It was reported that these Badoo cult lure members by posting fake job vacancies and then forcing them to stay with the promise of large amounts of money and by taking oaths that are irrevocable. This is likened to what happens in cults in institutions. Such membership are not quite easy to quit, as an attempt means death on the part of the individual and so cult members give their loyalty to their very last breath.

Cultism is a fight for life and power. Their common belief, their oath is what they live for. Cultists get power-drunk, hungry for more and they kill mercilessly those who stand in their way. They live precariously, expectant of danger and death all their lives. It is the lot they have chosen to live for; cultism is the survival of the fittest.

Several schools like Unilorin, Unibadan, OAU and the likes have done great jobs in wiping out this societal threat. The Nigerian government has also done well in placing huge penalties on unlawful activities and even the Lagos state enforcement agency has also done well in putting away the Badoo cult, as they have been quiet for a while now. Cultism in tertiary institutions are now considered a thing of the past. Few remnants of cultism are not really obvious.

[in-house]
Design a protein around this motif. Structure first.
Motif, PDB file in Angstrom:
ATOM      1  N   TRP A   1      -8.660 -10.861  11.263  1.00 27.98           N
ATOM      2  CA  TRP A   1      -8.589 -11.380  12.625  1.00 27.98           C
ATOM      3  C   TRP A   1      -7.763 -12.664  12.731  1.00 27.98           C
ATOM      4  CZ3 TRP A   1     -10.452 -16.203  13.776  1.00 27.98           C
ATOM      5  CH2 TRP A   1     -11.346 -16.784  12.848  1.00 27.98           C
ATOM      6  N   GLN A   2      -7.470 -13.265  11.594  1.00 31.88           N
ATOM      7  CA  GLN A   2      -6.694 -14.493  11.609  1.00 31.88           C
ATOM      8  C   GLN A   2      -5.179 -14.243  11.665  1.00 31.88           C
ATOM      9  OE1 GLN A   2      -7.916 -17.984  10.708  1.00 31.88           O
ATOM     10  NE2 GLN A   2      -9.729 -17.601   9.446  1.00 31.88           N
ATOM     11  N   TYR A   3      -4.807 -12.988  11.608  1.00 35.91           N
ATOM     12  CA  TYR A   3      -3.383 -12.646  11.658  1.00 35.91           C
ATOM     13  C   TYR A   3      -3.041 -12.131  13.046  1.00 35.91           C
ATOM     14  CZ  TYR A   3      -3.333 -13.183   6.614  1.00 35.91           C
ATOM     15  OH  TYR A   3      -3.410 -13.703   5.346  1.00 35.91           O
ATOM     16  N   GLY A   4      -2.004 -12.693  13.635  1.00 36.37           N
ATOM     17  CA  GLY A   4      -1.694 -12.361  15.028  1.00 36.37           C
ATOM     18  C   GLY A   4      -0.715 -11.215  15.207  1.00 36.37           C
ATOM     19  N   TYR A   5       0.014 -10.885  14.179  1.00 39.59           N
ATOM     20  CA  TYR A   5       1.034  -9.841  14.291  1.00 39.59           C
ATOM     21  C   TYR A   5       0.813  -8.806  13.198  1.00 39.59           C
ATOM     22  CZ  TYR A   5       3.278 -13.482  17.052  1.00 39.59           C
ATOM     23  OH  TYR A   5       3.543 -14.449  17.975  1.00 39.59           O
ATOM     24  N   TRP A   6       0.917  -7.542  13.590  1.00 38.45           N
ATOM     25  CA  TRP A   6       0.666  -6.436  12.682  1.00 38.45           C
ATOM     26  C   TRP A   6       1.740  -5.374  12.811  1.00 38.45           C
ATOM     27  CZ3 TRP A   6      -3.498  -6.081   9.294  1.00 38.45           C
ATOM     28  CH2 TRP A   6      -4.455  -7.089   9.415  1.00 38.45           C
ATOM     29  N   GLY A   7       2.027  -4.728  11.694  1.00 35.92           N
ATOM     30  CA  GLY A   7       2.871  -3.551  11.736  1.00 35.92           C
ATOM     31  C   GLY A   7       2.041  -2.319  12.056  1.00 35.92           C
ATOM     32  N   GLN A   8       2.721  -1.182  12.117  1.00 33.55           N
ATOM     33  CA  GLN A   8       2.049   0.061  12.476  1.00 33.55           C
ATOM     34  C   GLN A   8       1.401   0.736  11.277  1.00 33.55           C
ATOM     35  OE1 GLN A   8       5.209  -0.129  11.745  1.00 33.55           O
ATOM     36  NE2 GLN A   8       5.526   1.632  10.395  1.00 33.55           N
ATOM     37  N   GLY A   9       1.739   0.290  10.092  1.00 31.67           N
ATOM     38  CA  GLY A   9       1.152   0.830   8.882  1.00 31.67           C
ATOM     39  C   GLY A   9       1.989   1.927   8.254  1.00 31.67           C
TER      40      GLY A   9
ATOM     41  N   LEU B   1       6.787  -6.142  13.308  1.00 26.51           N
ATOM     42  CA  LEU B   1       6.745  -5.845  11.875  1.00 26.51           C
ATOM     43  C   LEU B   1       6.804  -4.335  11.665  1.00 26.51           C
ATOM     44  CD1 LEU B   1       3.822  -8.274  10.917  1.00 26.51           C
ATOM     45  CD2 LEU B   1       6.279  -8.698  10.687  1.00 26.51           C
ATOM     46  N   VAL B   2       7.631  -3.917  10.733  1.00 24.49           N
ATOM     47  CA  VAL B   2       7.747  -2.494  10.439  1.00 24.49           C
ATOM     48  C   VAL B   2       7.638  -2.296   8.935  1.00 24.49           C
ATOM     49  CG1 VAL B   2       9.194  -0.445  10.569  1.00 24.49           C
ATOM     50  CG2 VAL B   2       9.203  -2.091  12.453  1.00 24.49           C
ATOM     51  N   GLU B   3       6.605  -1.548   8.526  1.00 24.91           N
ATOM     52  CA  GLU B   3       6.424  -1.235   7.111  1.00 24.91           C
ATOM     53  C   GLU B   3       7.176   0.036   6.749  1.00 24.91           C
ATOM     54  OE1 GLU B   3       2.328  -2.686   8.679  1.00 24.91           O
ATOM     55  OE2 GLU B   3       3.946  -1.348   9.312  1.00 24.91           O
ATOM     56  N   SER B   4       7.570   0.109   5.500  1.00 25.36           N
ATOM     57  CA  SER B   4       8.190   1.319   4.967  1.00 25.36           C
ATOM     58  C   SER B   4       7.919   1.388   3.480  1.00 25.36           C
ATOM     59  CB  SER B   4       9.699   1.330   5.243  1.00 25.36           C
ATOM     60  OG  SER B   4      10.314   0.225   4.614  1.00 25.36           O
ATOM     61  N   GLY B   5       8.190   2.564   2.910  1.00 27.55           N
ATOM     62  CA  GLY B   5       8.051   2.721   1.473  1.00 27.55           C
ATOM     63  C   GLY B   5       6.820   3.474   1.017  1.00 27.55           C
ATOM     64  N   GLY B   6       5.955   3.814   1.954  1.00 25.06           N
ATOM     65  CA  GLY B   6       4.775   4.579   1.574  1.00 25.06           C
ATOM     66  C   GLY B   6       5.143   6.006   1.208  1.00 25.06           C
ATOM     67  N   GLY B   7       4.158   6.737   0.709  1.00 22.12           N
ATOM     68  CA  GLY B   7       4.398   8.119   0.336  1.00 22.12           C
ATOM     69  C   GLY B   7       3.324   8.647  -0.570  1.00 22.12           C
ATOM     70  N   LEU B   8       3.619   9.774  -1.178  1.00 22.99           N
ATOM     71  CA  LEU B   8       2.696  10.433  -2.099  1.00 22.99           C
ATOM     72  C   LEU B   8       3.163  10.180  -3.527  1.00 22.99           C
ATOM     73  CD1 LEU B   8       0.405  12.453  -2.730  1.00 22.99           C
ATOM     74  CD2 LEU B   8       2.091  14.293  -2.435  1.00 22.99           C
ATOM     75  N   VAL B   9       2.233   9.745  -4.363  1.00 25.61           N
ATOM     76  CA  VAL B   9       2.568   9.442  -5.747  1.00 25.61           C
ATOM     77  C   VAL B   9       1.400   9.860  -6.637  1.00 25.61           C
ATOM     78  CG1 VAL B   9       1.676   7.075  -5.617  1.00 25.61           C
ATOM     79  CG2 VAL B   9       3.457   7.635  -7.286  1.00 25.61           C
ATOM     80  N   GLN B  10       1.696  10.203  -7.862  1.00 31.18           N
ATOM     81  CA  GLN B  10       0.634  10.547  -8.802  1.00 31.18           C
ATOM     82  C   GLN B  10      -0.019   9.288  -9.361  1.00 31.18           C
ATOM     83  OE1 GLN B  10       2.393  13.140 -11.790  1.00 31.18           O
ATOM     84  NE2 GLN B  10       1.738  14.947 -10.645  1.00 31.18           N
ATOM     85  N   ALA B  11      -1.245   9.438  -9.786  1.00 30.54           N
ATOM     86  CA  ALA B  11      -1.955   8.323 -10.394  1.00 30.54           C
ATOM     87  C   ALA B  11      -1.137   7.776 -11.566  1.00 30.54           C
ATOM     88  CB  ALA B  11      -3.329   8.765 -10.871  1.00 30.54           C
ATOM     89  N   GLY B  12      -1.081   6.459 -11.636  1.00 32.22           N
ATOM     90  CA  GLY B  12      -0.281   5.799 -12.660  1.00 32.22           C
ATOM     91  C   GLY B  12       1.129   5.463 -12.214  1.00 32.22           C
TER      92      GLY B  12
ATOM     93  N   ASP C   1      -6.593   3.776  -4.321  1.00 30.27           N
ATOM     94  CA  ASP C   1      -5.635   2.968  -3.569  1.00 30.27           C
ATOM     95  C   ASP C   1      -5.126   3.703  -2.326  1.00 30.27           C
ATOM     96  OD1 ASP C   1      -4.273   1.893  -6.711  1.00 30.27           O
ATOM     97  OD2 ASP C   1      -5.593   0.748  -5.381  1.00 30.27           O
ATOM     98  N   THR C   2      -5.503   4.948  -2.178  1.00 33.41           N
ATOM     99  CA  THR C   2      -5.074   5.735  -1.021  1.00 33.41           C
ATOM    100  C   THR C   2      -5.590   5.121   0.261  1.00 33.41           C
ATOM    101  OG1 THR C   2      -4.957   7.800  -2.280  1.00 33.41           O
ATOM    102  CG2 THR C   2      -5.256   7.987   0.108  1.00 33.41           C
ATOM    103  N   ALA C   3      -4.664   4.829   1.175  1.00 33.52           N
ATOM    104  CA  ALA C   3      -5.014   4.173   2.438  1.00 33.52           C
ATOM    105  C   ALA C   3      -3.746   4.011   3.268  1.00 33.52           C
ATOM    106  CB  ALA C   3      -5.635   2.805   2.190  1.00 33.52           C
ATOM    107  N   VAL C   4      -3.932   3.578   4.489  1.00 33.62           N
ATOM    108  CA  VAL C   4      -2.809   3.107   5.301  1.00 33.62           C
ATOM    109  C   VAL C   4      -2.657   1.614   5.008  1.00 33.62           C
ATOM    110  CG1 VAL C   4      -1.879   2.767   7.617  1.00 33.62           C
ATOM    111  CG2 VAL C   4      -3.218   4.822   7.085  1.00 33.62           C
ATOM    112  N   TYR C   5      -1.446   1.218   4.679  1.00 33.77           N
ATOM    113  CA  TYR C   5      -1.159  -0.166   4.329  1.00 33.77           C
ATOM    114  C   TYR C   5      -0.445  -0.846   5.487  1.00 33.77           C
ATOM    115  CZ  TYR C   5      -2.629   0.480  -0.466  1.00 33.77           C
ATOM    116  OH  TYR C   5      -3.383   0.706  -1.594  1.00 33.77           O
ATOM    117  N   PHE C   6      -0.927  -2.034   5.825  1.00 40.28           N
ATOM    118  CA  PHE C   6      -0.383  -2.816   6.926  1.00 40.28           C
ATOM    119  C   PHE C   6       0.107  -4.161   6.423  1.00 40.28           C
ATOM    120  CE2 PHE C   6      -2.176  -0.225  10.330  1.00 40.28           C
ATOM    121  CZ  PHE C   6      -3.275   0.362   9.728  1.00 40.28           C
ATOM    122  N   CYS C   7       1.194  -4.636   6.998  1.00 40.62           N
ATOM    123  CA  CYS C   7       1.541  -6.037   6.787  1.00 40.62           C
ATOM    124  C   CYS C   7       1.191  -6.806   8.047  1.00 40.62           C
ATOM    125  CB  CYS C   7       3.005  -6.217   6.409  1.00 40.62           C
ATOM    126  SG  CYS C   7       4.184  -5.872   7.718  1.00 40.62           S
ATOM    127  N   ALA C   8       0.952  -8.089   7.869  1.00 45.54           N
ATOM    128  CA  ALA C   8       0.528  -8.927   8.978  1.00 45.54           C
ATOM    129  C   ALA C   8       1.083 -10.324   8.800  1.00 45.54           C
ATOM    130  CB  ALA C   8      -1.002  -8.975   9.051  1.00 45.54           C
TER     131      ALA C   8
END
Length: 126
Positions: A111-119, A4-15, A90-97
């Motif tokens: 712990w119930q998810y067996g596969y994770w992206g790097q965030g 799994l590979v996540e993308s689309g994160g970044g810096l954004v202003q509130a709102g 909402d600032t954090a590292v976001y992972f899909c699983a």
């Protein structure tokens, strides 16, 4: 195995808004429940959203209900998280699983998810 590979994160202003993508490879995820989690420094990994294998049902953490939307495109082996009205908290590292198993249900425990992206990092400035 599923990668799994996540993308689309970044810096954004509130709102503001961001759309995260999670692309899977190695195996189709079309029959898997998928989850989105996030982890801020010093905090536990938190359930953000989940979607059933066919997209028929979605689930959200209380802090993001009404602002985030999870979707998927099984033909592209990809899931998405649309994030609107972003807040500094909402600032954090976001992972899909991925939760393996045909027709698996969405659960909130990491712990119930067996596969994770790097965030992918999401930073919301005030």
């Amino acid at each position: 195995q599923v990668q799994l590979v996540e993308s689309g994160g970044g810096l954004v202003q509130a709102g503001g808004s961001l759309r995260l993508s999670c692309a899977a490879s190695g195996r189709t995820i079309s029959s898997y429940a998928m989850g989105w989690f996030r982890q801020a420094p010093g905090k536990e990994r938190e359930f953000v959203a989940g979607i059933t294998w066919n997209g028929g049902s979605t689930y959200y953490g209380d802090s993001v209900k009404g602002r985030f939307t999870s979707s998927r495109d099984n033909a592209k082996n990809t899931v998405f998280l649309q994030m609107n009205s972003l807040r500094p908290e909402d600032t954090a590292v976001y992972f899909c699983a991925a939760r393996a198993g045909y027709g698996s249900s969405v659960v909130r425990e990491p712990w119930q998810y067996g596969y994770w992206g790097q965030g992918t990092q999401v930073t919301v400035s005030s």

But the question still remains: What about the Boko Haram and Herdsmen killings, can they be totally done away with?, what about the delayed and perverted justice of various cultists and their underground backbones? or drug abuse that’s on the increase, which serves as a strong link to cultism?

These questions cannot continue to be evaded. If substance abuse is not nipped in the bud early enough, then probably cultism is not really kicked out of the society but about to begin another phase entirely.

Macaulay Tolulope Martha
Mass Communication Department
University of Ilorin